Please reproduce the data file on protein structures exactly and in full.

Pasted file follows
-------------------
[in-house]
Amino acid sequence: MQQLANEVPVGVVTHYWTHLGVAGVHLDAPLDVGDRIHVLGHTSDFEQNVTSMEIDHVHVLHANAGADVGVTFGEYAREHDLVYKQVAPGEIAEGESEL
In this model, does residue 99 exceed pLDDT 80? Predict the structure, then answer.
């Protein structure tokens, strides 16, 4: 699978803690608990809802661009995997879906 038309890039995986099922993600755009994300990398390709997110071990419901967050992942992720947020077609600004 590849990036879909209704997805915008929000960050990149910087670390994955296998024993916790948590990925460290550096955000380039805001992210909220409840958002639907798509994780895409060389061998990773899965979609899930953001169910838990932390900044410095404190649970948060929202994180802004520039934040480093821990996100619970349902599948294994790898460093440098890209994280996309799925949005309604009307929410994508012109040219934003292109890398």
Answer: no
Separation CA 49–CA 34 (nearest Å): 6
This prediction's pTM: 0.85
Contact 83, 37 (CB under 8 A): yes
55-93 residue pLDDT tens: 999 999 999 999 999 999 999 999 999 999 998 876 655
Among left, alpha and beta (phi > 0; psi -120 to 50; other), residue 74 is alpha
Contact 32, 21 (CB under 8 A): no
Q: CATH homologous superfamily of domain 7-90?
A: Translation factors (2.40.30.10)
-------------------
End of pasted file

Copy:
[in-house]
Amino acid sequence: MQQLANEVPVGVVTHYWTHLGVAGVHLDAPLDVGDRIHVLGHTSDFEQNVTSMEIDHVHVLHANAGADVGVTFGEYAREHDLVYKQVAPGEIAEGESEL
In this model, does residue 99 exceed pLDDT 80? Predict the structure, then answer.
């Protein structure tokens, strides 16, 4: 699978803690608990809802661009995997879906 038309890039995986099922993600755009994300990398390709997110071990419901967050992942992720947020077609600004 590849990036879909209704997805915008929000960050990149910087670390994955296998024993916790948590990925460290550096955000380039805001992210909220409840958002639907798509994780895409060389061998990773899965979609899930953001169910838990932390900044410095404190649970948060929202994180802004520039934040480093821990996100619970349902599948294994790898460093440098890209994280996309799925949005309604009307929410994508012109040219934003292109890398």
Answer: no
Separation CA 49–CA 34 (nearest Å): 6
This prediction's pTM: 0.85
Contact 83, 37 (CB under 8 A): yes
55-93 residue pLDDT tens: 999 999 999 999 999 999 999 999 999 999 998 876 655
Among left, alpha and beta (phi > 0; psi -120 to 50; other), residue 74 is alpha
Contact 32, 21 (CB under 8 A): no
Q: CATH homologous superfamily of domain 7-90?
A: Translation factors (2.40.30.10)